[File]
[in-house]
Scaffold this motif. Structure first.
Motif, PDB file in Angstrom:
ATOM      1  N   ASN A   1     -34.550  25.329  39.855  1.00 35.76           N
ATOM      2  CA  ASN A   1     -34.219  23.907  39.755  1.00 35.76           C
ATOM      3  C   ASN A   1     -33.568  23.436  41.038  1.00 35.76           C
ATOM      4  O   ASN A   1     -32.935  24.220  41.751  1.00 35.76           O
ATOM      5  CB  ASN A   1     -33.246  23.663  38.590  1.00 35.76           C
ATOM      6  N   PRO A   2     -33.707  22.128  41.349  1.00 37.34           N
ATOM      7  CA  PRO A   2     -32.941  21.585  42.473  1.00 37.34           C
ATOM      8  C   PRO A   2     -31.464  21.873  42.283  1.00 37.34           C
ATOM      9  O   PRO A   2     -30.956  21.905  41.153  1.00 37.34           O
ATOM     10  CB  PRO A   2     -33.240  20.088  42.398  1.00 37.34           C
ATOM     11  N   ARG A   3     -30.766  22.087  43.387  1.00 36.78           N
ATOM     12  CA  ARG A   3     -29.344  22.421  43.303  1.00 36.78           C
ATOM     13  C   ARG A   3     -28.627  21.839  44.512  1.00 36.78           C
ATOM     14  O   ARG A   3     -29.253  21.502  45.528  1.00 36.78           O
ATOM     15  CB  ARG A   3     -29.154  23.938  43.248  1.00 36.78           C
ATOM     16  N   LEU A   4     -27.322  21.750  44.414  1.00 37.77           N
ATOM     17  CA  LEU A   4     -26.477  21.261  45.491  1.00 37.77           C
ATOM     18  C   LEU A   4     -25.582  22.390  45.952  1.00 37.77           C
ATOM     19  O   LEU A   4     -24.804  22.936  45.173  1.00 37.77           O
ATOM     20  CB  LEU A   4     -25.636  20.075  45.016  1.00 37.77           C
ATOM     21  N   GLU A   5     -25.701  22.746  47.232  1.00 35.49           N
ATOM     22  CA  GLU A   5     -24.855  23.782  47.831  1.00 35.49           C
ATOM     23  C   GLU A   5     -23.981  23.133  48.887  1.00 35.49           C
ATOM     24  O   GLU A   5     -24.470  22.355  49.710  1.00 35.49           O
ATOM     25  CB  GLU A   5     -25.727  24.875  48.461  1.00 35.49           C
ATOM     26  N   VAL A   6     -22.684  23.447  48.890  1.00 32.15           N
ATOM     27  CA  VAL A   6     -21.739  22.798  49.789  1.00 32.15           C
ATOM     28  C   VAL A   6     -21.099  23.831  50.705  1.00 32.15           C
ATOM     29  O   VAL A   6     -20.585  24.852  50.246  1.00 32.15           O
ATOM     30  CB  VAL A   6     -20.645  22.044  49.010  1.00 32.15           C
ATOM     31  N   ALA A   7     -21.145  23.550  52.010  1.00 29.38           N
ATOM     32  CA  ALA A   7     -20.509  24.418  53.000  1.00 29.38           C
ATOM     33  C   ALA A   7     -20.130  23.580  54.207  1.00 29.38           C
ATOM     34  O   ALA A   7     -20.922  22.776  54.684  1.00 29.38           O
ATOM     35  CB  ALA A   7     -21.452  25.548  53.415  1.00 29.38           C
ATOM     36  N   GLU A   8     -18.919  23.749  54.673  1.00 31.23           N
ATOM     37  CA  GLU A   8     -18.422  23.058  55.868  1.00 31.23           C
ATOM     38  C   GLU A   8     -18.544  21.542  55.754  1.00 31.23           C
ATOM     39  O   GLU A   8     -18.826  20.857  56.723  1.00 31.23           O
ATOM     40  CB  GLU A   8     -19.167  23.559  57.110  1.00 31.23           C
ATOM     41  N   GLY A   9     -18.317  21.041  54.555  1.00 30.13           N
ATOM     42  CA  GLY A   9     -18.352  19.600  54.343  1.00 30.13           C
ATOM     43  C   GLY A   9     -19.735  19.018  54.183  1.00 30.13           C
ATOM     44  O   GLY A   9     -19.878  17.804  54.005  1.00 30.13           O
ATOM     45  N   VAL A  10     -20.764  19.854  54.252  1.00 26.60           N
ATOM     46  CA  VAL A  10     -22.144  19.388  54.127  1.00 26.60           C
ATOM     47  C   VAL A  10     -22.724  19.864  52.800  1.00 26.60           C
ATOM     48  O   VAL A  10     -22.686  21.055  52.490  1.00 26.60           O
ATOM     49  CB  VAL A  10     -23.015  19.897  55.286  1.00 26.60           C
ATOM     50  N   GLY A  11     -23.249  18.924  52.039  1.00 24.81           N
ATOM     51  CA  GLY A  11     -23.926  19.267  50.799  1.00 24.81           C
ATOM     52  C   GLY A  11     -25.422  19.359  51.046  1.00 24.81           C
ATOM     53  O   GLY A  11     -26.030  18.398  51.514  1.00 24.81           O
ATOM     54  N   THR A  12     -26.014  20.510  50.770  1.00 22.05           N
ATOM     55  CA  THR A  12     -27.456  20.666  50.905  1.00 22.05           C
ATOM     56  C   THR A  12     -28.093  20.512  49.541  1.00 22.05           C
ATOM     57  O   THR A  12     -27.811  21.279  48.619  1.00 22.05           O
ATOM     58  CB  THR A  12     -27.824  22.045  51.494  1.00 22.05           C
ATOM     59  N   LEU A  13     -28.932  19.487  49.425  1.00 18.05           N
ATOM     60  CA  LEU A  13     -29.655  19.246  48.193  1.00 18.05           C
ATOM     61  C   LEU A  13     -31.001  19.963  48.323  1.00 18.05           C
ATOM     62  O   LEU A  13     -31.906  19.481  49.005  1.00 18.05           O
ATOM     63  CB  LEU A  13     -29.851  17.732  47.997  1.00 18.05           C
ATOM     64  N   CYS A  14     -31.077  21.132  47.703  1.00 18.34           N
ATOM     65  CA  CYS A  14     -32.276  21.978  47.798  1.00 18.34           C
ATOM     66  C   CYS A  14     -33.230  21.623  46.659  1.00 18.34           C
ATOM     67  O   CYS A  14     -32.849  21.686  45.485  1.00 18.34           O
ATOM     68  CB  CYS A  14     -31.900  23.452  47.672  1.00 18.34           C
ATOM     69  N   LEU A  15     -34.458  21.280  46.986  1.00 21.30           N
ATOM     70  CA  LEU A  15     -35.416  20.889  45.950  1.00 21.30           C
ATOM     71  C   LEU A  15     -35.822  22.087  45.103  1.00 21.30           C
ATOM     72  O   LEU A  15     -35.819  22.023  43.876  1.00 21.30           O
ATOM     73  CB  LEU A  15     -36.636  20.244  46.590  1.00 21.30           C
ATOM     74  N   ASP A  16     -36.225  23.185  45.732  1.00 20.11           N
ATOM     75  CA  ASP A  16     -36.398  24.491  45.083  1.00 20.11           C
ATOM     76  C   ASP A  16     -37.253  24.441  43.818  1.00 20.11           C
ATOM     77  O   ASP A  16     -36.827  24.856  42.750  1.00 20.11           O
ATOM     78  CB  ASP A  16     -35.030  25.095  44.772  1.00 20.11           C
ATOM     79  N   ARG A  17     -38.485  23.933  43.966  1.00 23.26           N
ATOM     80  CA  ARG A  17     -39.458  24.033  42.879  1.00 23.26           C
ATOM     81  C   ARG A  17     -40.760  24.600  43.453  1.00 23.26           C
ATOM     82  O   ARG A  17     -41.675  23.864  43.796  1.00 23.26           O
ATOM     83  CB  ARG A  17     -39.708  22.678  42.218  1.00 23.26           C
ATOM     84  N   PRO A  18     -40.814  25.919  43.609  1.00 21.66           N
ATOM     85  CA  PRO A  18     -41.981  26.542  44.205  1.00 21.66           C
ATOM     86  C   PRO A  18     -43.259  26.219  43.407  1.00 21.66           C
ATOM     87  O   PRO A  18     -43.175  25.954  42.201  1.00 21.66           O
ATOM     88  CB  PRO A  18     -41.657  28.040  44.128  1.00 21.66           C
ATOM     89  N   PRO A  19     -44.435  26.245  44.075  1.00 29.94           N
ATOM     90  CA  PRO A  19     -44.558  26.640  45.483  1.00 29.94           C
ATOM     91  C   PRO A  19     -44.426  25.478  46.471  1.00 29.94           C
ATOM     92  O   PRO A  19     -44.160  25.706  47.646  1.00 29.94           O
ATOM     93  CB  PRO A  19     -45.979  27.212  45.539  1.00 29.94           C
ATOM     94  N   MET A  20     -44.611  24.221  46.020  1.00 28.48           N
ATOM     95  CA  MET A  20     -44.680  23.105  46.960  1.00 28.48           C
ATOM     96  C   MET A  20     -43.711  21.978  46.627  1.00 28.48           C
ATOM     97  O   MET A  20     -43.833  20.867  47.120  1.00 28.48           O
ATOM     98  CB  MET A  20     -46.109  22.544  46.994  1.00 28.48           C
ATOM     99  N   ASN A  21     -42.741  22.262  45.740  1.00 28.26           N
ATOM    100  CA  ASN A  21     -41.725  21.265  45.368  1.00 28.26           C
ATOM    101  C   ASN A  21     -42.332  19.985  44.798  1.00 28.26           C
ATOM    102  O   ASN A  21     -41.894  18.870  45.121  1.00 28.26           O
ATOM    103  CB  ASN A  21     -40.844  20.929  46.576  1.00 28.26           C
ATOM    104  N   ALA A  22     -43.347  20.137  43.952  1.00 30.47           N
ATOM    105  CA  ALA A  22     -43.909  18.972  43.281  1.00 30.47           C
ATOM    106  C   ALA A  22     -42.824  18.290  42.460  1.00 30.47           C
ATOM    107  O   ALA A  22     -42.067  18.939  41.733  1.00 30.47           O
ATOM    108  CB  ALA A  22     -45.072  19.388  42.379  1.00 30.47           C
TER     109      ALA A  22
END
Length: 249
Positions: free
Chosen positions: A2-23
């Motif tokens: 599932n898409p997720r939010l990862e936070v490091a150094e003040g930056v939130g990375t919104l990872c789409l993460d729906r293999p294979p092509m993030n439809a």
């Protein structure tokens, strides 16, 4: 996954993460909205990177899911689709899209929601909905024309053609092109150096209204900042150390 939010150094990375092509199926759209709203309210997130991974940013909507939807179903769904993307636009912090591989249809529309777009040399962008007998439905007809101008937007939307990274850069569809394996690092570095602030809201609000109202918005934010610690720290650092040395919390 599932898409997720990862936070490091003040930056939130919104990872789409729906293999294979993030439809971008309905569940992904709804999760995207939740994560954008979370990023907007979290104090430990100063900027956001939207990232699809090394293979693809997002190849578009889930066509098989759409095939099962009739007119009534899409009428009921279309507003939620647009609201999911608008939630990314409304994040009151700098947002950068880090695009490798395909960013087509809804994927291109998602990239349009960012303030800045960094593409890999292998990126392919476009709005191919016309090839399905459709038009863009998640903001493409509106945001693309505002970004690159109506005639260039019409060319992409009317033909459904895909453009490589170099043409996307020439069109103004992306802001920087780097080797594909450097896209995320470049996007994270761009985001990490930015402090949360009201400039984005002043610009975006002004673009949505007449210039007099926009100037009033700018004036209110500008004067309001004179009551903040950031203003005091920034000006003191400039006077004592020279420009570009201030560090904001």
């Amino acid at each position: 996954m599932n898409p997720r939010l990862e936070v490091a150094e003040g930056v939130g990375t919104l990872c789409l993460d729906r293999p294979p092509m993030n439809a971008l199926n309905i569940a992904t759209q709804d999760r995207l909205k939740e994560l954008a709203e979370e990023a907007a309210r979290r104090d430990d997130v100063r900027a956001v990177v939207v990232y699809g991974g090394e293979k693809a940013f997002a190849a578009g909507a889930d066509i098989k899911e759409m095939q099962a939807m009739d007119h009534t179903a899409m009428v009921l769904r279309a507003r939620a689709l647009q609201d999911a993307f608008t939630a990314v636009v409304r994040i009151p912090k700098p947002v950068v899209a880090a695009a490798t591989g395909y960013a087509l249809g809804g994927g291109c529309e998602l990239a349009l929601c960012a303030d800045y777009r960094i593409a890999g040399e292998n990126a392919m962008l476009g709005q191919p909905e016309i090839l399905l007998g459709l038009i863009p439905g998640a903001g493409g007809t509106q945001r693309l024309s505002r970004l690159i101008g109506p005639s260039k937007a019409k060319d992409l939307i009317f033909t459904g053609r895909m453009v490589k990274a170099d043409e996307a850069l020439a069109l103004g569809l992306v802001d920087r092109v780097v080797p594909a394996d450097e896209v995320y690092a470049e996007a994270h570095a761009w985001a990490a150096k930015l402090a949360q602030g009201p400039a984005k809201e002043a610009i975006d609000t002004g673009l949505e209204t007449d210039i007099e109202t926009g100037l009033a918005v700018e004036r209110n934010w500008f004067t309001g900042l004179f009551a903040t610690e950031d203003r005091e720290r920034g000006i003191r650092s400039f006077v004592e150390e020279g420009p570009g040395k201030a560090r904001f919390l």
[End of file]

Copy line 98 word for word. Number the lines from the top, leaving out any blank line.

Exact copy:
ATOM     95  CA  MET A  20     -44.680  23.105  46.960  1.00 28.48           C